Moreover, Representative Matt Gaetz, a member of the U.S. House of Representatives, has recently asserted that funds designated by the U.S. to assist Ukraine were flowing into the world’s money-laundering hubs. Gaetz, joining a growing number of outspoken critics of aid to Ukraine in Congress, emphasized at the Conservative Political Action Conference (CPAC) that the U.S. should cease providing foreign aid unless it trims its own “overinflated” federal budget.

The news of the probes have surfaced amidst the Biden administration’s stalled supplemental funding request of over $100 billion, which includes more than $60 billion designated for Ukraine. House Republican lawmakers have withheld approval, demanding measures to fortify border security and curb immigration.

Following Russia’s initiation of a special military operation in Ukraine, the U.S. and its allies escalated military aid to Kiev. Moscow has repeatedly cautioned that NATO nations are “playing with fire” by furnishing arms, which the Kremlin claims prolongs the conflict in Ukraine. Russia’s Foreign Minister Sergey Lavrov emphasized that any shipment carrying weapons for the Zelensky government would be considered a legitimate target for Russian forces.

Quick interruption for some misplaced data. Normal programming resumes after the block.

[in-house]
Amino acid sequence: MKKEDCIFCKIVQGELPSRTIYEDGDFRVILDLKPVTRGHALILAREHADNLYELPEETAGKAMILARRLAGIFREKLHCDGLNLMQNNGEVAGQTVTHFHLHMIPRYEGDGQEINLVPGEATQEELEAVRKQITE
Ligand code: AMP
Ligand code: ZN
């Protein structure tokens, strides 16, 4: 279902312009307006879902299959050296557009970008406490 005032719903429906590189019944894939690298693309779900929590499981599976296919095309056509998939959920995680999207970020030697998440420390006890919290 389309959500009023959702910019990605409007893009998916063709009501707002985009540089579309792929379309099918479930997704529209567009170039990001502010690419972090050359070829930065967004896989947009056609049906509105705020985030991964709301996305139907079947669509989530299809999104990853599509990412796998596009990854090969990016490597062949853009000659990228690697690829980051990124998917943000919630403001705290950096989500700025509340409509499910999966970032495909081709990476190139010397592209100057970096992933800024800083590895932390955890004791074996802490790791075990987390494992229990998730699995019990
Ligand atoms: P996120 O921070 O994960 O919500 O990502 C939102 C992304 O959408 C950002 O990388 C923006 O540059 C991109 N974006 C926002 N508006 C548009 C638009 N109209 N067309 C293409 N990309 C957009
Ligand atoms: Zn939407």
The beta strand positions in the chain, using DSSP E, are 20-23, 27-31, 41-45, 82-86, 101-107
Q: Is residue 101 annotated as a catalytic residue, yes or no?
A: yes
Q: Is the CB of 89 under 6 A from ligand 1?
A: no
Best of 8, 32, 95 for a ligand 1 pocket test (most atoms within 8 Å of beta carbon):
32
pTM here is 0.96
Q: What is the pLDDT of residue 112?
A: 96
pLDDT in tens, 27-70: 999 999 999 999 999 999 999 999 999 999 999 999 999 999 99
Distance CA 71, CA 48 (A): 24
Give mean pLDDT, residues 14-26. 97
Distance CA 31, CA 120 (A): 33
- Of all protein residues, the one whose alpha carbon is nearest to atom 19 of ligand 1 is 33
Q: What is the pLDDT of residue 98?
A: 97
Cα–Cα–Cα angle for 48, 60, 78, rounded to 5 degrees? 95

Moreover, Moscow has persistently cautioned that some of the weaponry provided by the West to the corrupt Kiev administration would end up on the black market. Igor Korotchenko, the director of the Center for Analysis of World Arms Trade (CAWAT), informed Sputnik in 2023 that an estimated 10-15% of weapons dispatched to Ukraine are unlawfully re-exported to the Middle East, Asia-Pacific, and Africa.


Democrats Block SAVE Act in Senate, Allowing Potential for Illegal Immigrant Voting



Senate Democrats have thwarted the passage of the SAVE Act, a pivotal bill aimed at bolstering the integrity of federal elections by mandating proof of citizenship for voting eligibility. This move follows the House’s approval of the bill with a narrow vote of 221-198, where almost all Democrats opposed the measure.

The SAVE Act seeks to amend the National Voter Registration Act of 1993 to enforce stricter voter registration standards. Specifically, it proposes that voters must furnish documentary evidence of U.S. citizenship to participate in federal elections, diverging from current regulations that only require such proof for state and local elections.